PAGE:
Similar tax laws are on the books in several states and municipalities, with California having the distinction of starting the trend in tax laws. California collected taxes on the Chicago Bulls' NBA Hall of Famer Michael Jordan after the Bulls defeated the Los Angeles Lakers in the 1991 National Basketball Association (NBA) Finals. The state of Illinois retaliated by taxing visiting athletes who came to the state to play sports, being dubbed "Michael Jordan's Revenge", with other states and cities following their lead to generate more tax revenue.

"Everywhere they play, they must pay," said Steven Piascik, a CPA and financial adviser who specializes in sports accounting. "If you travel with the team, you have to file."

But some sports economist, such as Smith College's Andrew Zimbalist, have doubts about the NFL's figures, saying that the details of the league's numbers are not made public despite touting their final figures with their public relations machine to create demand for the game and a start bidding wars to host the annual event.

"There's false science behind it," said Zimbalist to NJ.com. "The studies that they do that I've seen, they don't make all of them available, but the ones that I've seen use input-output analysis and produce reams of data that an uninformed observer would look at and say, 'Well, this is science.' The NFL certainly wants people to believe that it's science."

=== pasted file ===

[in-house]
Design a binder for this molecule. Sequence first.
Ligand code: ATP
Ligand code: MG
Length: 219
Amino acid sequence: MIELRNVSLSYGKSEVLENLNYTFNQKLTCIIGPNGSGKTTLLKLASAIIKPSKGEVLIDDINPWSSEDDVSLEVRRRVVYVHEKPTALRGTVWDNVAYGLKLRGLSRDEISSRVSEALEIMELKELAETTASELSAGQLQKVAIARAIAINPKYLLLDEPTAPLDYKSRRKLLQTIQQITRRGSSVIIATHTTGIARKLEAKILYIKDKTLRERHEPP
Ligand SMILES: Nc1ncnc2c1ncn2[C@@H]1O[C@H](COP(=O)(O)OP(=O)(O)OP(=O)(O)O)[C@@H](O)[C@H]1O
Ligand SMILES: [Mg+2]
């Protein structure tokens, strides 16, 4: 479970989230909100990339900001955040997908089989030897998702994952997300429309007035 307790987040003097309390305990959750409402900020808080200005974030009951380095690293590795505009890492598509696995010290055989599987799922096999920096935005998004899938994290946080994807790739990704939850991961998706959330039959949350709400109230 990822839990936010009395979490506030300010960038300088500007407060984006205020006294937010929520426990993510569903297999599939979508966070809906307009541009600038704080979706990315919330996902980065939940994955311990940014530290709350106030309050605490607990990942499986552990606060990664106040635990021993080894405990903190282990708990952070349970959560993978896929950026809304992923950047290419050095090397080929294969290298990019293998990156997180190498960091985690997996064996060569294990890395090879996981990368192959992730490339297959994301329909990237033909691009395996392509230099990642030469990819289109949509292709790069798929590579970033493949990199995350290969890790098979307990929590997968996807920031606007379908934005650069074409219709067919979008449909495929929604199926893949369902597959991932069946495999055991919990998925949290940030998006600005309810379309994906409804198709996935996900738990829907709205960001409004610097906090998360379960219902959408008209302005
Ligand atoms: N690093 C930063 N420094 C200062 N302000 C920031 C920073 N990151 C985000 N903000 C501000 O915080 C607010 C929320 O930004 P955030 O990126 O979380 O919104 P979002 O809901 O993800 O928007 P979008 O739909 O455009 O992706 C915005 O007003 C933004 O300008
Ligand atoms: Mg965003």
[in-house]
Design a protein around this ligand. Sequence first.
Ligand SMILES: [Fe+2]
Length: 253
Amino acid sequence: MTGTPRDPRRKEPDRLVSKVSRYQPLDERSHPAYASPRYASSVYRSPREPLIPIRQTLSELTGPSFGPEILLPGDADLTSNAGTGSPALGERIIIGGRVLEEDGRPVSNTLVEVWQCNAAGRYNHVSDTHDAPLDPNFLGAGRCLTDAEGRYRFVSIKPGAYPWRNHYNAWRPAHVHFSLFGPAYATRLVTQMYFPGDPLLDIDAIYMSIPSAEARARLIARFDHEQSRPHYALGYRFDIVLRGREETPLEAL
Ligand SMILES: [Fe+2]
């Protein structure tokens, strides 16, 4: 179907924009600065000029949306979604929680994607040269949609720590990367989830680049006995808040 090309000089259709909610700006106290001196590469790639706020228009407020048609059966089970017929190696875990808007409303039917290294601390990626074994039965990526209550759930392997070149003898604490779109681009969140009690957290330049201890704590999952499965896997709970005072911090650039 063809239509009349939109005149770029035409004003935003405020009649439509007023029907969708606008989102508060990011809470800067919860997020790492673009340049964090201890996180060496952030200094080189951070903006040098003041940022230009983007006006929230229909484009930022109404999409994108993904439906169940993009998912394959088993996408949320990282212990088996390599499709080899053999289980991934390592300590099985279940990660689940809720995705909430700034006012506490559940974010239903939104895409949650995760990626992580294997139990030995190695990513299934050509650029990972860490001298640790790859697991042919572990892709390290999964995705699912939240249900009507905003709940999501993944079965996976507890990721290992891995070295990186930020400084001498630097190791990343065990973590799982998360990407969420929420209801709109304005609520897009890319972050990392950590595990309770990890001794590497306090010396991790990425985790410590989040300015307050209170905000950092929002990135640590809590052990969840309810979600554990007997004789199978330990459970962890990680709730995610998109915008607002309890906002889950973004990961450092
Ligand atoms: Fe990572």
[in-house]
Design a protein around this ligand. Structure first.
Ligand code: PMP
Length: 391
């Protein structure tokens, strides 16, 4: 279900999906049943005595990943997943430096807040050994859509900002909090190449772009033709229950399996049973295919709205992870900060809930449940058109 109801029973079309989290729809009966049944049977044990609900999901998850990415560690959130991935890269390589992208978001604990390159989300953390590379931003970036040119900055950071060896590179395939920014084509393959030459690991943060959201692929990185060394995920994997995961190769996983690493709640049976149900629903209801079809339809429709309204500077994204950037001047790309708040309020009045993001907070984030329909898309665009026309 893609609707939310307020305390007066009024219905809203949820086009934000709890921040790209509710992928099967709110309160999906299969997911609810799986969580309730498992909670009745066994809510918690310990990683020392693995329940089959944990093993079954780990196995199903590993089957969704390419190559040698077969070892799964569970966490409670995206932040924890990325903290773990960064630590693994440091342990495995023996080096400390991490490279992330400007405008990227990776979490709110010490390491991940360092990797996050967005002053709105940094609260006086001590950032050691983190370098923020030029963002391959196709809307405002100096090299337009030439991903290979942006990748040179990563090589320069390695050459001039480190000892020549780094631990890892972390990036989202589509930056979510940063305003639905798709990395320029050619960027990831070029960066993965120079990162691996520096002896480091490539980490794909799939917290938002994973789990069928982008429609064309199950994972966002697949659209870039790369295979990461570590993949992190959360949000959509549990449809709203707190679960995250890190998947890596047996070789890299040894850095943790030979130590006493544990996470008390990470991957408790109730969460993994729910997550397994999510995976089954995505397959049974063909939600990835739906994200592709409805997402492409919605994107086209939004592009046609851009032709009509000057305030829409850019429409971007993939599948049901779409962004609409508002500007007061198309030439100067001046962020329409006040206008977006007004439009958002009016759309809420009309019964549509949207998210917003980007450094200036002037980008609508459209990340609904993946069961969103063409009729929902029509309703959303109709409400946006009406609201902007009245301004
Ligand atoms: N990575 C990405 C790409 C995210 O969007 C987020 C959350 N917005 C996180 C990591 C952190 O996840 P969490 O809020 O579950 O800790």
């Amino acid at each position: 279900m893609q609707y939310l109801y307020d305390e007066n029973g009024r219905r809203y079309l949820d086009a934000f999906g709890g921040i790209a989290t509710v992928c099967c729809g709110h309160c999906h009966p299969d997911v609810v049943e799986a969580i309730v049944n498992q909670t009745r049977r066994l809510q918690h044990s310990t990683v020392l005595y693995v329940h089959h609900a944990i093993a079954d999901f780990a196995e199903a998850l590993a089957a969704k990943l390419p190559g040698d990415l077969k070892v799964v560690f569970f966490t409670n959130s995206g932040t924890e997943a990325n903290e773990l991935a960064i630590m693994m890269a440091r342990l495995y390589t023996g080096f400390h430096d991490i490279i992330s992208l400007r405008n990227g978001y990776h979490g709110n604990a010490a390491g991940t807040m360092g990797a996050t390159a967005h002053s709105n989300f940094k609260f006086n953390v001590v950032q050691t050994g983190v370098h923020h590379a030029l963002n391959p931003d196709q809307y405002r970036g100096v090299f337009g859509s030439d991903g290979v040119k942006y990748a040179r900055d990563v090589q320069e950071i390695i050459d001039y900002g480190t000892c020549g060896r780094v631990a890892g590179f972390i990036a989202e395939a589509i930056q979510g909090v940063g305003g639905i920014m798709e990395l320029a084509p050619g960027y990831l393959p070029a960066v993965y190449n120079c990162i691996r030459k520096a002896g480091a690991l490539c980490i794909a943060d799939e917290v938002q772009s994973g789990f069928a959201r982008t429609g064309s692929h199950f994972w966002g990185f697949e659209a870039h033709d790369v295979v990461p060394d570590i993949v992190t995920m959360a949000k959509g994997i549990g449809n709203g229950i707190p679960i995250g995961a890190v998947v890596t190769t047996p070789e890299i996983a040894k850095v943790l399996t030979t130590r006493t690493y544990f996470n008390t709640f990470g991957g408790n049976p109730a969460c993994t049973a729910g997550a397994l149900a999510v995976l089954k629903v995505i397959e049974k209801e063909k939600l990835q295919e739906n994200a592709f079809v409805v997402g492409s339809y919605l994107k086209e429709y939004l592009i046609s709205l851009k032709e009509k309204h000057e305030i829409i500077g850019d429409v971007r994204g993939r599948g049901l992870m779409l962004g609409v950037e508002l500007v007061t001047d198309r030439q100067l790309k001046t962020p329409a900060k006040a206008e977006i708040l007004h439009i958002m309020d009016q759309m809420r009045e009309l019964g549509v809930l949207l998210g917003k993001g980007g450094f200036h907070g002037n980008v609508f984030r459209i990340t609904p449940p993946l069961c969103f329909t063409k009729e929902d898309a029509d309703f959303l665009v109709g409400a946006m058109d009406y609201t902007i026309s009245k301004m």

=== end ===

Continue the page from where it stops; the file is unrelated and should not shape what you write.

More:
While Zimbalist disputes University of South Florida professor Phil Porter's recent estimation that there is zero economic benefit to hosting a Super Bowl, he does believe that the revenue generated by game is not as bountiful as the NFL claims.

"Anybody who sort of says the Super Bowl never has any impact is ignoring the nuances and the details. What is strikingly clear from this scholarly work is that what the NFL is putting out is just PR hype," said Zimbalist. "The most likely thing that you should conclude from all of this is that you should take the NFL numbers and move the decimal point over one space, and then you get a more reasonable number. So instead of $500 million, think more like $50 million."

Zimbalist also feels that New Jersey will get the short-end of the revenue stick despite the game will be played in the East Rutherford, NJ and not New York City.

"I think there's a real serious question about its economic impact on New Jersey," said the economist. "Presumably there will be some people who stay in Newark, maybe there will be some people who will stay in Jersey City, I don't know. Maybe because Fort Lee has gotten all this attention in the last two weeks, maybe some people will stay in Fort Lee. Who knows? But any impact on New Jersey businesses is going to be de minimis. It's unrealistic to expect anything substantial there."

As the Super Bowl approaches, Zimbalist's pessimism towards New Jersey's potential Super Bowl revenue may be coming to fruition, with rooms around MetLife Stadium going for about $247 a night, a drop of nearly $100 since Friday, according to data from the online travel agency Orbitz.

"New Jersey did not fare well," said Mark Giangiulio, chairman of the New Jersey Hotel and Lodging Association and a member of the state Super Bowl planning committee. "We didn't get the windfall we all thought."